Cardona: A major challenge in Connecticut is boldly addressing the income disparity among subgroups. Funding is an issue in many districts. To close achievement gaps, we need kids in school. Often, the best academic intervention is an attendance intervention. If a student is not accessing tier 1 support and high level and rigorous curriculum, then there is going to be a need for individual support or tutoring or reading intervention. We can sometimes prevent that by investing in no cost attendance strategies such as positive interactions with families and creating a culture where students feel comfortable sharing concerns about challenges that lead to poor attendance.

From a state level, the number one step is to identify district chronic absence rates. Look at districts that are struggling and falling far below the average. Have conversations with the district leaders and with the local boards of education. Tell them, ‘Here are the best practices that we see are the best for improving student attendance.’ We can also highlight the districts that are doing it well and what they are doing. We can create a culture of learning from each other, because we know that districts learn best from other districts and teachers learn best from other teachers.

We follow a strategy of support and accountability. It’s key to start with support, with having the data tools and information in place, and send the message that we are all in this together. We can then move into accountability, by telling educators that now that they have these tools at their disposal, the expectation is that they will use them because they produce a positive result. And keep the bar raised, because at the end of the day, it is an equity issue.

AW: What do you think helps to ensure chronic absence data and strategies are not siloed but are integrated into an overall school and district approach to improving student outcomes?

Cardona: The strategy for that is to reduce the silos. The most effective schools are the ones that embrace reducing chronic absence as an all hands on deck mentality. It cannot be relegated to one or two people in the school. And quite frankly if the classroom teacher is not involved, you are less likely to make significant and sustainable impacts.

The most effective schools also make improving attendance part of the improvement plan. A good plan for reducing chronic absence is the best academic achievement intervention plan you can have. If we don’t make that connection explicit, we are missing a great opportunity to have a focus on chronic absence reduction be a part of the holistic work of the school. If you intervene so a student is not missing school, the student is accessing instruction and thereby not falling behind academically.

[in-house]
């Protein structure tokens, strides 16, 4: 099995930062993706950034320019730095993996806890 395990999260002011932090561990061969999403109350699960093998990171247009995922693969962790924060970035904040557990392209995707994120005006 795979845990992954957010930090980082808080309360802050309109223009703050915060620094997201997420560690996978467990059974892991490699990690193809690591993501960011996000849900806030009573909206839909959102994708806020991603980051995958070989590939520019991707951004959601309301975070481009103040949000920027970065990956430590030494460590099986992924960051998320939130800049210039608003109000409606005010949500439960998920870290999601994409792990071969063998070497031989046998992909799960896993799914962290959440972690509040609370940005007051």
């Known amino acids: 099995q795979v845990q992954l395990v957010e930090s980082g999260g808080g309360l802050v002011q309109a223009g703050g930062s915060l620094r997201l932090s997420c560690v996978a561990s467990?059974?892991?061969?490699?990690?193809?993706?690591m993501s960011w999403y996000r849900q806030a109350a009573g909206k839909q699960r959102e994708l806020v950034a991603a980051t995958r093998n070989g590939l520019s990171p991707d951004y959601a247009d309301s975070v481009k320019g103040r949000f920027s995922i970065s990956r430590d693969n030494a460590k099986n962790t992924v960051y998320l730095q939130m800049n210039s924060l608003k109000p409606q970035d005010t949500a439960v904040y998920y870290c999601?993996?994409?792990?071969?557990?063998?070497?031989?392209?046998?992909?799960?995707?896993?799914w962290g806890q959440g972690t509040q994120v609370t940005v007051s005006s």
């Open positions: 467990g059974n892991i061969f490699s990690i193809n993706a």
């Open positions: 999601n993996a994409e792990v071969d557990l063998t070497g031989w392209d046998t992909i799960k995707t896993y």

In Meriden, the John Barry school [grades pre-K to 5] had a 21 percent chronic absence rate. Then 3-4 years later it was 8 percent. This was achieved after the school took an all hands on deck approach that included attendance in the school improvement plan, the principal’s goals, the accountability system and the teachers’ goals. The school achieved this success even with very high levels of need.

AW: Connecticut has been a superstar state gaining real reductions in chronic absence, and we are delighted that we continue to partner with you and your team.

Cardona: I attribute a lot of that success to the great work already underway in the CSDE, particularly by Charlene Russell-Tucker, recently promoted to Deputy Commissioner for Educational Supports and Wellness, who leads the effort along with the staff within the Office of Student Supports and Organizational Effectiveness. They have created a culture in the state that says, ‘Let’s roll up our sleeves and work together on this’. The culture is centered on the whole child approach and recognizes that poor attendance is a symptom of something going on with the student. So, a lot of the credit goes to them.

CSDE has developed Evidence-Based Practice Guides, Guidance on Reporting Attendance, an Attendance Awareness Campaign and more to help schools, districts and communities in Connecticut take action to improve attendance. For more information visit

News Resources

Newsletter Signup

Join our newsletter for tips, resources and news.

Share This

More from Attendance Works

Social Media

Copyright 2018 © All Rights Reserved